Commercially Sensitive Information: Frewer v Google
The Employment Appeal Tribunal (EAT) recently held that the Employment Tribunal (ET) were wrong to grant an order for anonymisation over Google’s concerns about commercially sensitive information.
Having worked at Google for 12 years, the Claimant was dismissed for alleged sexual harassment. He subsequently brought a claim in the ET for automatically unfair dismissal, asserting that the real reason for his dismissal was that he made allegations about Google being involved in anti-competitive practices.
Ahead of the main hearing, which is set to take place in May 2022, Google applied to the ET for orders to anonymise client names and redact commercially sensitive information in all hearing documents. The orders were granted, with the ET deciding that the identity of Google’s clients and the commercially sensitive information was irrelevant to the issues at hand and therefore their removal would have minimal impact on the principle of open justice. Mr Frewer appealed to the EAT and was successful.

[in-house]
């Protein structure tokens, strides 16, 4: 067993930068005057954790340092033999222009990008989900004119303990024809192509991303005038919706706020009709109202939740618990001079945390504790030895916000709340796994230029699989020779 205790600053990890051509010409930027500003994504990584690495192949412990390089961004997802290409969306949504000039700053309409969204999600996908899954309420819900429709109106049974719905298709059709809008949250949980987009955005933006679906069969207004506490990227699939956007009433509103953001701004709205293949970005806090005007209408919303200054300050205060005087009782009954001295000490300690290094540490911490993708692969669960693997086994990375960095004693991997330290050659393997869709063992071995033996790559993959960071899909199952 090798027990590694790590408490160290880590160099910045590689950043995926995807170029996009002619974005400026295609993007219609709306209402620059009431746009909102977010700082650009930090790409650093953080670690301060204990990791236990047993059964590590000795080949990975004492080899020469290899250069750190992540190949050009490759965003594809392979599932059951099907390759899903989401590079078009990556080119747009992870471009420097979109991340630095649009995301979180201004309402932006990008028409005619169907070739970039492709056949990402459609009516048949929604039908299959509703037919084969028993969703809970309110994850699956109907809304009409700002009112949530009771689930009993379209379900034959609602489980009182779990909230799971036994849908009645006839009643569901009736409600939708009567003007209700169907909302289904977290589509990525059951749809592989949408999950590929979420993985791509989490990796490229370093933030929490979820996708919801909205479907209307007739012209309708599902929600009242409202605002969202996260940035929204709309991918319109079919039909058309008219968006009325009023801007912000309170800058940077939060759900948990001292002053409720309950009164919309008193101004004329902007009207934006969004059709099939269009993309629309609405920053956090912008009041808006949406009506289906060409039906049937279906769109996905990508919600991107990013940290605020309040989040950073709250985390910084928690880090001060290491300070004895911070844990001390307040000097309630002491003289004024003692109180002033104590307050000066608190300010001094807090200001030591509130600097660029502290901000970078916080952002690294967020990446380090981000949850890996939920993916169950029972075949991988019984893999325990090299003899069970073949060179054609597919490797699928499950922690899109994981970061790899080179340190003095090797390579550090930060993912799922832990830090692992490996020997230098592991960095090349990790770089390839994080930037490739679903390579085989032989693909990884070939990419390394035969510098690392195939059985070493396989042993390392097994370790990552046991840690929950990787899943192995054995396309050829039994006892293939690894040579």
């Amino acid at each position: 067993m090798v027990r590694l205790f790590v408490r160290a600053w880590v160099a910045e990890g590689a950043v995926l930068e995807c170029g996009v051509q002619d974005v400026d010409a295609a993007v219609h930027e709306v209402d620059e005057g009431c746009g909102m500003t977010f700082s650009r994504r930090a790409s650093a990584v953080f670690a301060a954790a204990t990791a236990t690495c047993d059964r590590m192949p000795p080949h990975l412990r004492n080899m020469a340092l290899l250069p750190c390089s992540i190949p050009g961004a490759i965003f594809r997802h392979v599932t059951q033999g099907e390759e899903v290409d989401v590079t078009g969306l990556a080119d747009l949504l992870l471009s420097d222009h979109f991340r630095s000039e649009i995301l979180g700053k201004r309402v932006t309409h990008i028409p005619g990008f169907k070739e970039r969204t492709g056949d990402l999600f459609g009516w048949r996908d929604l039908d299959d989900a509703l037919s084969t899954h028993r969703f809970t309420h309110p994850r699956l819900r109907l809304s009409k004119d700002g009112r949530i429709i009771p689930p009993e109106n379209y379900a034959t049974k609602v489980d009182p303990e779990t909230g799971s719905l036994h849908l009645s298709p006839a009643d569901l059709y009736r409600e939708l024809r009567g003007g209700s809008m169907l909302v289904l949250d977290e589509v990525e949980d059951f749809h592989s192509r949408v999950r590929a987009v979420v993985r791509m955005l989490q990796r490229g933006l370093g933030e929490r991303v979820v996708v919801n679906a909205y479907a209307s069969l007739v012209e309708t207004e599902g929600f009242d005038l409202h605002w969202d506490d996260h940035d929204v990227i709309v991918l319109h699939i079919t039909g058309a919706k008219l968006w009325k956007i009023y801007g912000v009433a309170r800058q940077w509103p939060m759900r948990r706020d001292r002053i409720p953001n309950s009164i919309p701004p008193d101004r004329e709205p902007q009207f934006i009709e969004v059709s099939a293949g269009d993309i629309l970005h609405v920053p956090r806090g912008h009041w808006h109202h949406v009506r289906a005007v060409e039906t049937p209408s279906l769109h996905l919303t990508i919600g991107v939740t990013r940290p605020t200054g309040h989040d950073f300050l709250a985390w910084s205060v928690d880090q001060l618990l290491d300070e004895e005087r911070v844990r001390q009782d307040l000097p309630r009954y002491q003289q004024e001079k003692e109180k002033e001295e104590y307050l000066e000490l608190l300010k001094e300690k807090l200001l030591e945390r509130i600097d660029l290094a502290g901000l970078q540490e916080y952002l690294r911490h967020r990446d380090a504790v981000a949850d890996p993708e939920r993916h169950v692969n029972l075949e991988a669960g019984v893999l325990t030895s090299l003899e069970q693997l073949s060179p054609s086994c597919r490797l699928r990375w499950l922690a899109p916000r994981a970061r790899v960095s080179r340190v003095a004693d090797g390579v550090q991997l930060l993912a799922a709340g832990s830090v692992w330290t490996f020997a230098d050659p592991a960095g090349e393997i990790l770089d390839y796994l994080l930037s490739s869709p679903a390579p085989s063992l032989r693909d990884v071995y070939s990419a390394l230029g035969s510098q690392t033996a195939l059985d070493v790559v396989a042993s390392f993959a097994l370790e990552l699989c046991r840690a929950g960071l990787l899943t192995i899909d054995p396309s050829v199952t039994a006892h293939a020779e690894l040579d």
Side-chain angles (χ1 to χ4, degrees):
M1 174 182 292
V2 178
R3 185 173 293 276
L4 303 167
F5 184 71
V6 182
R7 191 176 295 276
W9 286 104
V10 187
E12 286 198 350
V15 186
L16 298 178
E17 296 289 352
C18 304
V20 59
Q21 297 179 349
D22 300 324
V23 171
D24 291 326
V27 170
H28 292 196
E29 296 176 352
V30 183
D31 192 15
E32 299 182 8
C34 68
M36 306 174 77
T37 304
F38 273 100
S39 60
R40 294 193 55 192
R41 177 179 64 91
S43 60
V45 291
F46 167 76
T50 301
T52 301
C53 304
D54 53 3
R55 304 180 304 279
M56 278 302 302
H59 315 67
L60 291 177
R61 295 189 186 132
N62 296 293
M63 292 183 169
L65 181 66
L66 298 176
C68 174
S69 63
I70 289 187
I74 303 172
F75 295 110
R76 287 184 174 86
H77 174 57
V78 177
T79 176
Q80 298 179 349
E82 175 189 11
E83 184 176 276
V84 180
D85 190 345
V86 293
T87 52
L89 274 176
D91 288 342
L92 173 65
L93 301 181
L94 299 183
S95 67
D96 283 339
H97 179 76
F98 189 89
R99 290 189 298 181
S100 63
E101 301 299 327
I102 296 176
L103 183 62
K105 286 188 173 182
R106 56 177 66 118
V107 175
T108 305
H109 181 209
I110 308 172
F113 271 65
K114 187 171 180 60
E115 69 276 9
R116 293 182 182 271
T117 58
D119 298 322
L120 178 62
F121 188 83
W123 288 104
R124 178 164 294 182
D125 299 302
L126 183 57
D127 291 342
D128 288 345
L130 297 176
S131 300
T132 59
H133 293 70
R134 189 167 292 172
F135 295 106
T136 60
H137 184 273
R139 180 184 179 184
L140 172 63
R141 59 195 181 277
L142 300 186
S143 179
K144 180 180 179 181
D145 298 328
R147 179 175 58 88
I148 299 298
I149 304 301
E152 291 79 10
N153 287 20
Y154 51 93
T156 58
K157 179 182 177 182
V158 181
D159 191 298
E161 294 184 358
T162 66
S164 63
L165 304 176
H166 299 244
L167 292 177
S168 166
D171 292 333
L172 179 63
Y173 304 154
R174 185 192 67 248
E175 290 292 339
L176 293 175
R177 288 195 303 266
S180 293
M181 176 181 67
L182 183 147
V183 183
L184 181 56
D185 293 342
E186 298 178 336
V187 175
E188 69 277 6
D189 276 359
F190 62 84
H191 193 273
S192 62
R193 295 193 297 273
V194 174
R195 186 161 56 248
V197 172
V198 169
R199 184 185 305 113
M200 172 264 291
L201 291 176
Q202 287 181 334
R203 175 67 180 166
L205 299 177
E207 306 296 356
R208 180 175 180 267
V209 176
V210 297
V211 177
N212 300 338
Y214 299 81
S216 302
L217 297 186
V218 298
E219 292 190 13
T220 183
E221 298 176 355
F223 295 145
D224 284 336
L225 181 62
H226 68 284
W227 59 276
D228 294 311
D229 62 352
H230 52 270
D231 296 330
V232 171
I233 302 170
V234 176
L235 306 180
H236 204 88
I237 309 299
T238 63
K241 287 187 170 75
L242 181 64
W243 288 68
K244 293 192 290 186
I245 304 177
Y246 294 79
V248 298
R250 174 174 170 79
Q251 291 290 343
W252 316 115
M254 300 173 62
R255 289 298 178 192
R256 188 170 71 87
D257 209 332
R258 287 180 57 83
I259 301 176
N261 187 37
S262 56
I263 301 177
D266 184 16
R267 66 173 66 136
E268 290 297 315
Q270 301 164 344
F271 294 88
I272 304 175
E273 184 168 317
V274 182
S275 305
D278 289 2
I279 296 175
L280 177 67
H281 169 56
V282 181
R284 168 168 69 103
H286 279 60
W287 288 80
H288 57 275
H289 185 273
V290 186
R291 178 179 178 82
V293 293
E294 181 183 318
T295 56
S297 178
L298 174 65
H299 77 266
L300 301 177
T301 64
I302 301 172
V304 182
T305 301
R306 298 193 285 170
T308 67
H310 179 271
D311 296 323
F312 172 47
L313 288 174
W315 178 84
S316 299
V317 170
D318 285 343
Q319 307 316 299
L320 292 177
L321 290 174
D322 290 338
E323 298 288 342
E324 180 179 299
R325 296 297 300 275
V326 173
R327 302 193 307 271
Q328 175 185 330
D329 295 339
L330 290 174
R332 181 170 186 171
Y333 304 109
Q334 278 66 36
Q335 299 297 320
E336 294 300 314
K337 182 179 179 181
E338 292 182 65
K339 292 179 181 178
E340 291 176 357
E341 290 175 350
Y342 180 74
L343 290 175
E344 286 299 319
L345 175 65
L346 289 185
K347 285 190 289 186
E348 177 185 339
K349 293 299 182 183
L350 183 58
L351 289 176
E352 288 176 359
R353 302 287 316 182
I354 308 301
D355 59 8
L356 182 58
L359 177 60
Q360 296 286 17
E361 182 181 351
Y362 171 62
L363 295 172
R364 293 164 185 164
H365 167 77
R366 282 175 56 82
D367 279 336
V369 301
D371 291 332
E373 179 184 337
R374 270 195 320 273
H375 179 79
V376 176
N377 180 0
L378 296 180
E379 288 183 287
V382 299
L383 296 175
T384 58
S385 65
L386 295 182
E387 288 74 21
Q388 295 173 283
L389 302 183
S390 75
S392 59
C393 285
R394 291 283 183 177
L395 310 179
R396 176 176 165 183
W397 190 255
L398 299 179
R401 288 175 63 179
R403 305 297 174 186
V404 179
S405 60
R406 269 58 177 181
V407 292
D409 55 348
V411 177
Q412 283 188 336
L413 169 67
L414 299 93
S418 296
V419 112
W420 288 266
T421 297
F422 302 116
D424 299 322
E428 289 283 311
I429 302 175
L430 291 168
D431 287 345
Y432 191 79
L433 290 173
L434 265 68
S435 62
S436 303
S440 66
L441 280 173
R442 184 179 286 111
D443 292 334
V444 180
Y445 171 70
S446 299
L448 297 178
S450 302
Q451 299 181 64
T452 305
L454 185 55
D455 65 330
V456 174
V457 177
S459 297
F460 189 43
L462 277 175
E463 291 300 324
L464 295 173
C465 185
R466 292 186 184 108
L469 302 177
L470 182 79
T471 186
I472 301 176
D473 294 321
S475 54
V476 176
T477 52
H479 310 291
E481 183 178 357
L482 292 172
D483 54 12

The EAT said the ET had (a) Failed to refer to rule 31 of the ET Rules, which deals with disclosure and is relevant to redaction and (b) Made an error of law in making the determination without regard to the Article 10 right in the European Convention on Human Rights to freedom of expression.
The EAT further held that there is a public interest in hearings being conducted in public so the press can report on the names involved. Judge Tayler remarked that if lack of relevance of names was enough for anonymisation then this could apply to every single case that passes through the ET!
Intensely private tech giants: Take note – Judge Tayler wants your dirty laundry aired in public.
This post was written by Jack Dooley, Trainee Solicitor at didlaw.